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Choosing drugs on price alone will stifle innovation, says report

BMJ 2016; 355 doi: https://doi.org/10.1136/bmj.i6065 (Published 10 November 2016) Cite this as: BMJ 2016;355:i6065
  1. Nigel Hawkes
  1. London

The NHS in England should not focus exclusively on price when buying medicines, says a new report published by the London School of Economics (LSE).1

Doing so risks endangering constructive partnerships between clinicians, NHS managers, and drug companies and conflicts with the government’s aim of balancing affordability with encouraging innovation, the report warned.

While the Pharmaceutical Price Regulation Scheme and HM Treasury both seek to strike this balance, the report warned that growing pressure on NHS budgets will encourage cost saving to the detriment of cooperation and innovation.

Tender Loving Care? was written by Andrew Bonser, a consultant who has worked for Pfizer and Boots; Panos Kanavos, deputy director of LSE Health; and David Taylor, emeritus professor of pharmaceutical and public health policy at University College London. It was commissioned and funded by Shire, a specialty biopharmaceutical company.

“Real markets aren’t only about what’s cheapest,” Taylor told a meeting at LSE to launch the report on 9 November. “You don’t want to spend too much, but you want to spend enough to get a good product. If everything is bought at the lowest possible price, what are the long term costs to patients and to society?”

The report suggested that the 2014 EU Procurement Directive, which allows a range of criteria to be considered in determining the most economically advantageous tender, can be difficult to realise in practice. The directive allows innovative characteristics and after sales service (among other things) to be considered along with price, but legal constraints often interfere, and the forces favouring “lowest price at any cost” can be hard to overcome.

Procuring medicines for the NHS is a complex process and increasingly centralised. About half by value of the £15.5bn (€17.64bn; $19.21bn) spent by the NHS in England on medicines in 2014-15 was spent in hospitals, where most of the expensive branded drugs are prescribed. The other half was spent by GPs and mostly covered cheaper generic products. The hospitals’ share of spending has been steadily rising as a proportion, from 20% by value at the start of the 1990s to almost 50% today.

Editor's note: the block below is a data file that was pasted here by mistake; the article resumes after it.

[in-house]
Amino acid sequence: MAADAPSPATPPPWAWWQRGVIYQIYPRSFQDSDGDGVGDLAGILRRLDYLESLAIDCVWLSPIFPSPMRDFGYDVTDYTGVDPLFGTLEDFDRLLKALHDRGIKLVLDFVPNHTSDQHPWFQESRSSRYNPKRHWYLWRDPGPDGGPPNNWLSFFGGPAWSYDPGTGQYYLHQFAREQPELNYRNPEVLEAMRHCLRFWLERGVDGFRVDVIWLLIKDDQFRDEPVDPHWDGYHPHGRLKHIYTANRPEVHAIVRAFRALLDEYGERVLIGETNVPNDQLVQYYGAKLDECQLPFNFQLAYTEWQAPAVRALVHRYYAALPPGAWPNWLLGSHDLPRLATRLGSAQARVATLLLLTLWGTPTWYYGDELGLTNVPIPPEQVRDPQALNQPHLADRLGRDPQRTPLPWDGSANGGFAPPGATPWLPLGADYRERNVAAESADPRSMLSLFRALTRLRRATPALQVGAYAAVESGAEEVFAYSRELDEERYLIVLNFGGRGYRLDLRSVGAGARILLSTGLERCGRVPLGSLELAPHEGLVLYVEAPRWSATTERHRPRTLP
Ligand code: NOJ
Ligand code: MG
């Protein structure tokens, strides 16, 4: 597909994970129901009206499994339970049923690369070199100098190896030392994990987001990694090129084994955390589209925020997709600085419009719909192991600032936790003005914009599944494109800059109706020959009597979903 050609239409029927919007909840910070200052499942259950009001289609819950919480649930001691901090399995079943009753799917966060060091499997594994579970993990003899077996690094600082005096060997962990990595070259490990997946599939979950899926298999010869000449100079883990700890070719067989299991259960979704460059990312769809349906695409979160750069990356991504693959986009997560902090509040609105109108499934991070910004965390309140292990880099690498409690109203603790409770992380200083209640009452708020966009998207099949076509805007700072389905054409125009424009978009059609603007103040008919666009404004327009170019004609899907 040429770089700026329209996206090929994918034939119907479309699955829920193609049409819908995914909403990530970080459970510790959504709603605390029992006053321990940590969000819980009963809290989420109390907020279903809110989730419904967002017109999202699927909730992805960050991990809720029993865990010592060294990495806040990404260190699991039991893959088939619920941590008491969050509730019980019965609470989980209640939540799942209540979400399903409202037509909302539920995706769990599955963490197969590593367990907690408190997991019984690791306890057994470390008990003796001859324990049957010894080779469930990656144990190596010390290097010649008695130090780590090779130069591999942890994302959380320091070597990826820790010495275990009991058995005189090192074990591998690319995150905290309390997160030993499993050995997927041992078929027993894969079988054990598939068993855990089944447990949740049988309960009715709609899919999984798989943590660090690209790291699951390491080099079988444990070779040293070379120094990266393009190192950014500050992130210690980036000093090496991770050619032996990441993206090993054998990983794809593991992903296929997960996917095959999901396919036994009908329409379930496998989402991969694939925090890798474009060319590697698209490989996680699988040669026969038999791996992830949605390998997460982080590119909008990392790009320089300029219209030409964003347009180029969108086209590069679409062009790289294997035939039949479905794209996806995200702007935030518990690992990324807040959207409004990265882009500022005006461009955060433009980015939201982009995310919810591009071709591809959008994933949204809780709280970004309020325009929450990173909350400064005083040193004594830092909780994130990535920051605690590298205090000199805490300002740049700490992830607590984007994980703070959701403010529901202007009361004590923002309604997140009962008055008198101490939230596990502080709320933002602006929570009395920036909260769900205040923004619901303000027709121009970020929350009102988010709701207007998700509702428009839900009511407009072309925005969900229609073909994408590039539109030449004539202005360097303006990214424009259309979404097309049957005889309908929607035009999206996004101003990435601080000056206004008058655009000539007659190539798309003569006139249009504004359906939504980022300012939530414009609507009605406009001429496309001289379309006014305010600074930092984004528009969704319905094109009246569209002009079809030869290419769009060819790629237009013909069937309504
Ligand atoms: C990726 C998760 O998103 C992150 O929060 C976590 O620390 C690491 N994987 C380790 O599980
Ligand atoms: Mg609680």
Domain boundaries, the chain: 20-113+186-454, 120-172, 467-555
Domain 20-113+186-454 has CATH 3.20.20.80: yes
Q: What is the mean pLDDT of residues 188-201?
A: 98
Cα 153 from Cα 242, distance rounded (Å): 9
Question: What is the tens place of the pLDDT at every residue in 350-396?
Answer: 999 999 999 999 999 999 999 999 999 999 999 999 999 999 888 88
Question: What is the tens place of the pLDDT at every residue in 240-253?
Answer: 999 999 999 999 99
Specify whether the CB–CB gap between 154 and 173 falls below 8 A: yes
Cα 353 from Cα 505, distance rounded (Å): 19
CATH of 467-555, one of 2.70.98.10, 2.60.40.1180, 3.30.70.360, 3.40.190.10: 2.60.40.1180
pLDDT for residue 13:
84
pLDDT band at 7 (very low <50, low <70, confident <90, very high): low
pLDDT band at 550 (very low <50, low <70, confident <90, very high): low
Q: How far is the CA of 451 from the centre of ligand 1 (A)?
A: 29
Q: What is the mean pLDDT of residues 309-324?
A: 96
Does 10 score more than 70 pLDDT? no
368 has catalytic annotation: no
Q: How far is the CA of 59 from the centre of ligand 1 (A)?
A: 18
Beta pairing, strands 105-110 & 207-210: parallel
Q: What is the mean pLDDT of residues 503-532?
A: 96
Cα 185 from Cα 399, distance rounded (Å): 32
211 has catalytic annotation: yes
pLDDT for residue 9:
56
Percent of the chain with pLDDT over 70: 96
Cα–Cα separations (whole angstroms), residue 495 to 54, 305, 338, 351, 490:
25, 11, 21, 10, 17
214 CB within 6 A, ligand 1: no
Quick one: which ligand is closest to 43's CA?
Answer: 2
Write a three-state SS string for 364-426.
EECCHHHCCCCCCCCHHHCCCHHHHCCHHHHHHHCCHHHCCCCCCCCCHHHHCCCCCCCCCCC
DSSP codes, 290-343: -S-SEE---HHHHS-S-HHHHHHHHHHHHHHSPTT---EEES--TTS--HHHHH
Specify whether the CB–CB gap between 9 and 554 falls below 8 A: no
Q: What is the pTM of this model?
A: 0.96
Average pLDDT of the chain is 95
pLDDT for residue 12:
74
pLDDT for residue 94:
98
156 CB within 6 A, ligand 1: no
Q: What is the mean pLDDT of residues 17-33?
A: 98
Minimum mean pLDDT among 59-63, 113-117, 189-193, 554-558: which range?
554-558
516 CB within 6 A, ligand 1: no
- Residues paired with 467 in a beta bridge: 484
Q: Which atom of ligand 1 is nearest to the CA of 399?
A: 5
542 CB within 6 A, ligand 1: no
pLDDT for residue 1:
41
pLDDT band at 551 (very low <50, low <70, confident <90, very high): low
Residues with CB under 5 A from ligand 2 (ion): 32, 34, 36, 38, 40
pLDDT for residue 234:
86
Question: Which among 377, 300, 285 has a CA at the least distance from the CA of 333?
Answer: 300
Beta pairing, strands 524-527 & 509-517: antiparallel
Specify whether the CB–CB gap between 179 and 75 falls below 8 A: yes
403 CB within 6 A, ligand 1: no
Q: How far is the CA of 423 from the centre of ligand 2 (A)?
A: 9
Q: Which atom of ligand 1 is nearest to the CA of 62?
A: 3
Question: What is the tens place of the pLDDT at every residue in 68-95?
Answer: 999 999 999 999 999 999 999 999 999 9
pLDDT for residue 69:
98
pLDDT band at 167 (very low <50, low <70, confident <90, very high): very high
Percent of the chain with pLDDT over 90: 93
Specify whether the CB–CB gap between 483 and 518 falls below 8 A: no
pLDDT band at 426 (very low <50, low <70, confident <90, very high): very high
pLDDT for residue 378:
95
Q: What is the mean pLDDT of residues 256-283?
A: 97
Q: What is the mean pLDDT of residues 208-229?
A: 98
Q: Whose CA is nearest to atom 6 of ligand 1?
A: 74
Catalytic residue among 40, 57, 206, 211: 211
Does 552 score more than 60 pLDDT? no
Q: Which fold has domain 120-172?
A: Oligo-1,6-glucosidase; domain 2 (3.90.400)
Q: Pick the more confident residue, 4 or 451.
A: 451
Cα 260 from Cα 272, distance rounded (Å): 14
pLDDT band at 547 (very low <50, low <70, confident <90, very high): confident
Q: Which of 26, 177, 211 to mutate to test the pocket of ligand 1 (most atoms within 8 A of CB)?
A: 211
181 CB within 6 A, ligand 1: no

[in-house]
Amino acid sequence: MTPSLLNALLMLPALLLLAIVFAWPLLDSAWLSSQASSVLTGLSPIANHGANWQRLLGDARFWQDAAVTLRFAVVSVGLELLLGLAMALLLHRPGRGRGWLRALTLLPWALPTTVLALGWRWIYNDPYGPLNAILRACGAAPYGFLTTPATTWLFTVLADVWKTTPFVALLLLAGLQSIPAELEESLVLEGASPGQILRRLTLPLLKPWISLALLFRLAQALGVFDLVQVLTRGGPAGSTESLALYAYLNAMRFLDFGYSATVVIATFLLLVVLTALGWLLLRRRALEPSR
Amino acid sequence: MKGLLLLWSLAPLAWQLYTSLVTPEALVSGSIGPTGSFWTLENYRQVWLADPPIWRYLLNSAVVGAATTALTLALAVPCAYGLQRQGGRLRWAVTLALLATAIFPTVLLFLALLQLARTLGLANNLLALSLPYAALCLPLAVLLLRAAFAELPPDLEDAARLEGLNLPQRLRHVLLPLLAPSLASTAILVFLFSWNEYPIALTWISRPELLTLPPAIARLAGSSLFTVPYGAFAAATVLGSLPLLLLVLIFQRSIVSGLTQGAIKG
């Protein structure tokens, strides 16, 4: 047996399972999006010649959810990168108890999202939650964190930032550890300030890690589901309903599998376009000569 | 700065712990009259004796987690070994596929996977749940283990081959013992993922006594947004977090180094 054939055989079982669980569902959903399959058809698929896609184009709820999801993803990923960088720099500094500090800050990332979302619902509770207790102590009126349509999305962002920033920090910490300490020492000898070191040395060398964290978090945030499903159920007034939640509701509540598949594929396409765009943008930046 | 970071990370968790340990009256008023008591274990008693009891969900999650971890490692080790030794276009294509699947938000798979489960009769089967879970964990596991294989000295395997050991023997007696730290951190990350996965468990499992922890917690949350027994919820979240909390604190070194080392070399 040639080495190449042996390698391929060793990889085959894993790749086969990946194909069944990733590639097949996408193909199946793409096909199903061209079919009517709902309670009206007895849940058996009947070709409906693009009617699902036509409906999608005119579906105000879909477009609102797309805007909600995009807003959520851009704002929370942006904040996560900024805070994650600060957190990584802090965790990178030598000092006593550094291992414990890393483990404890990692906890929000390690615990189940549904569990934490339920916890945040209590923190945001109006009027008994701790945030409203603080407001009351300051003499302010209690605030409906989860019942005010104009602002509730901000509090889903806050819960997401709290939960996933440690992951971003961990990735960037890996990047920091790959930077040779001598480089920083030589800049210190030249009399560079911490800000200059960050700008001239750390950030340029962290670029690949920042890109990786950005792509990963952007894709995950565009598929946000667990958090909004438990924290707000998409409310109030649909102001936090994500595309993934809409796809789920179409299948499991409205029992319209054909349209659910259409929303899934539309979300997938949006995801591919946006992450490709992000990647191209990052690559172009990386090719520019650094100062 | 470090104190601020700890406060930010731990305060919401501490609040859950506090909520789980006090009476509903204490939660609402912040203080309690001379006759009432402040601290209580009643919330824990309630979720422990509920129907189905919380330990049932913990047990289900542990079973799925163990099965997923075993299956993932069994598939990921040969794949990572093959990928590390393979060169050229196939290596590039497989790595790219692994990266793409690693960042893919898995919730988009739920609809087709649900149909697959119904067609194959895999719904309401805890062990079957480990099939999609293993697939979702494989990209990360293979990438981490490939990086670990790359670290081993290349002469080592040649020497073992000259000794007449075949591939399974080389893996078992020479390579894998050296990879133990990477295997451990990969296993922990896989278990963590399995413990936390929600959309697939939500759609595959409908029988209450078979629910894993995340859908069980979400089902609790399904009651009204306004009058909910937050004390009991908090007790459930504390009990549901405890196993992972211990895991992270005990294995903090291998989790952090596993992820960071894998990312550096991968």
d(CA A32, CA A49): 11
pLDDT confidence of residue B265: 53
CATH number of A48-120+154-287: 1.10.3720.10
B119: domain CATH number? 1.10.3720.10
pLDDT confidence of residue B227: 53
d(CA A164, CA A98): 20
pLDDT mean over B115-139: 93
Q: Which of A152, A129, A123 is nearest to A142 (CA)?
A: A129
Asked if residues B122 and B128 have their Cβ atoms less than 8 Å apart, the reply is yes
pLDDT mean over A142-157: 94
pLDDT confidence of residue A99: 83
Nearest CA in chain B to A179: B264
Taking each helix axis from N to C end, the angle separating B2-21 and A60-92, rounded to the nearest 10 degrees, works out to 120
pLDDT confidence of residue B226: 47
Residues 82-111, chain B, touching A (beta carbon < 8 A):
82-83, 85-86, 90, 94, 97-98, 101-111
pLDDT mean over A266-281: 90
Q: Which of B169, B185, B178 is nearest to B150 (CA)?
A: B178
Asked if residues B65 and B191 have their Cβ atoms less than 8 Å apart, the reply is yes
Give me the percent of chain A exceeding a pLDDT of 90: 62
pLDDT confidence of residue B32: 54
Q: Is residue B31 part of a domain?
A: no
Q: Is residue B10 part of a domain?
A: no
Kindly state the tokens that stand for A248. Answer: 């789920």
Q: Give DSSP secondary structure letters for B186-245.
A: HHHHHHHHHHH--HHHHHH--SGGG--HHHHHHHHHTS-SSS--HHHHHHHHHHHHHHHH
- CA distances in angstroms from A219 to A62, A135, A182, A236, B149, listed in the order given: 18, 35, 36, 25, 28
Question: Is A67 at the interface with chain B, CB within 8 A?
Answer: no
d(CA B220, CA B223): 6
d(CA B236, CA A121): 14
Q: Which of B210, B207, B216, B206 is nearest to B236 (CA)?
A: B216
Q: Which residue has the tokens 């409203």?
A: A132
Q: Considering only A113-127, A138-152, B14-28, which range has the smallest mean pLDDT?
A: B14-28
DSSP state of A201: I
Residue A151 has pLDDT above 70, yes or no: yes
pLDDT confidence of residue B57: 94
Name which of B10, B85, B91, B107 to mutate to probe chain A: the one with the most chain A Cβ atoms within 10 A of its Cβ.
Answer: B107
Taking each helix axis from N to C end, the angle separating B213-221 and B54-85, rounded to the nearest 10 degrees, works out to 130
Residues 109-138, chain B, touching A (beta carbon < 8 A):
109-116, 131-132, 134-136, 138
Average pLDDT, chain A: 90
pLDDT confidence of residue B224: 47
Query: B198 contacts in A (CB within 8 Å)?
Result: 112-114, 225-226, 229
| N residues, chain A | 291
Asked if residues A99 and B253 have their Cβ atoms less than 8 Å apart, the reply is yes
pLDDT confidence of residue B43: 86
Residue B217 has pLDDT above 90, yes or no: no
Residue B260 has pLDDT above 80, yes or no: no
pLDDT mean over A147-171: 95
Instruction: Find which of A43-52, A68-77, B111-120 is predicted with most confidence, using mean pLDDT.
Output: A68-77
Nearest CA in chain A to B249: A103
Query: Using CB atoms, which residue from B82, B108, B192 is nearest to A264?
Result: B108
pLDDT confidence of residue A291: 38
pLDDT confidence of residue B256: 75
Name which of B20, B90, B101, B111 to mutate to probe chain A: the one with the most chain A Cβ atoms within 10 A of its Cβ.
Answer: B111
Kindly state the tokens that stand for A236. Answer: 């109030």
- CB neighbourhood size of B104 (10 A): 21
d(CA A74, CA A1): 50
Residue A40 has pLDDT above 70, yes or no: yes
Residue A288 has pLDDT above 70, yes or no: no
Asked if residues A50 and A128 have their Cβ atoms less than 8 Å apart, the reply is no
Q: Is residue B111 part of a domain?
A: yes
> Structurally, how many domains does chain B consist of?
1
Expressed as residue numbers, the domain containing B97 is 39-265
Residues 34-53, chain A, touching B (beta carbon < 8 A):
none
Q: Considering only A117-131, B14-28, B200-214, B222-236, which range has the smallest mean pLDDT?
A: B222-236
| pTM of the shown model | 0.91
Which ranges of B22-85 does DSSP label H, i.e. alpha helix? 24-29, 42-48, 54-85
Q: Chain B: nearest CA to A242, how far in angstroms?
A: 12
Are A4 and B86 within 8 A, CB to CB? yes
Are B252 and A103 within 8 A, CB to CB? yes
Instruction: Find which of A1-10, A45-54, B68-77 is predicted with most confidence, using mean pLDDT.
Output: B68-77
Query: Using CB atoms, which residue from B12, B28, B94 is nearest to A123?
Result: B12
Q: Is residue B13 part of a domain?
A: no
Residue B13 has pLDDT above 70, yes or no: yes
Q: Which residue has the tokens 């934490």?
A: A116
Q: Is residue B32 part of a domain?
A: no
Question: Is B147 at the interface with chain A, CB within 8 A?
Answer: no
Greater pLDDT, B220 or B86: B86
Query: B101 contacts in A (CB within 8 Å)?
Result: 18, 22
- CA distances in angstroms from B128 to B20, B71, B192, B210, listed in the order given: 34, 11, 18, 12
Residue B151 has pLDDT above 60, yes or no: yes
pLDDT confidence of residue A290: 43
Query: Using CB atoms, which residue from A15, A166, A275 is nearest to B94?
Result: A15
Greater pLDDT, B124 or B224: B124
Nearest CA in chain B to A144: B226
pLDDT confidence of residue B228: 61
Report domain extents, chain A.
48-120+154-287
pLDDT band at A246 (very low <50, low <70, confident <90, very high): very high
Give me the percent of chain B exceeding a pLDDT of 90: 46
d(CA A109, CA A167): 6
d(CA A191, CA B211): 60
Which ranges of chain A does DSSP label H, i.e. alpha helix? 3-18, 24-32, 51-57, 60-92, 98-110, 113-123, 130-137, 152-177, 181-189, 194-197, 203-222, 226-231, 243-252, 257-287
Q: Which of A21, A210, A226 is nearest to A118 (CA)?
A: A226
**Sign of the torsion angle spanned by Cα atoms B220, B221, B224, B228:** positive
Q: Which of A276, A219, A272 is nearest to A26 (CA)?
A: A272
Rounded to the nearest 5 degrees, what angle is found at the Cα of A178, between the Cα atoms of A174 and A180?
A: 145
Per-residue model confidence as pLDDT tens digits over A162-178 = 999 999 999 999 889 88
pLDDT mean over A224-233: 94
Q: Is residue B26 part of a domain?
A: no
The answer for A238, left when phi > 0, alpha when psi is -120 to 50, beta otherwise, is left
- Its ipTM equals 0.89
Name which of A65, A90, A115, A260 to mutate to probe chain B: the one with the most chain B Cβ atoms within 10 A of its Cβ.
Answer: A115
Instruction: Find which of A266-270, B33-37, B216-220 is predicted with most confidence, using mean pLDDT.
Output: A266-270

The report did not find NHS procurement systems to have been inefficient. Overall spending has been kept below the average in developed countries, expressed as a proportion of GDP. But more could be done, it said—reviving an idea last in vogue in the 1990s, of allowing drug companies to help in managing diseases as well as providing medicines to treat them.

The suggestion is that companies with a good record in supporting healthcare innovation should get the status of NHS innovation partners, where their contribution is considered in the drug purchasing process. Contributions might include helping to gather information about the response of individual patients or providing specialist nurses.

If companies can afford to do this, the report admitted, some would say it shows that they are charging too much for their products. Allan Karr, an expert in NHS drug procurement who was not involved in writing the report, told the meeting he believed that, if the work done by a drug company was worthwhile, it should be paid for by NHS commissioners and not provided free.

But the counter argument adopted in the report is that such activities benefit consumers, help innovation, and challenge bureaucratic service planners. It argues that the status of NHS innovation partner or improvement partner (both terms are used in the report) could be awarded in a light touch process by an independent regulatory agency.

“If we’re not careful we’ll create a system that doesn’t allow people to innovate,” Taylor said. “I don’t believe the commissioning system we’ve got at the moment is capable of avoiding that. Our suggested solution, that companies become recognised as innovation partners, would be more than rhetoric.

“We don’t claim it’s a complete answer, but we do believe that, without it or something like it, we could slip back into a lip service approach to innovation that in reality would lead to a profoundly bureaucratised country.”

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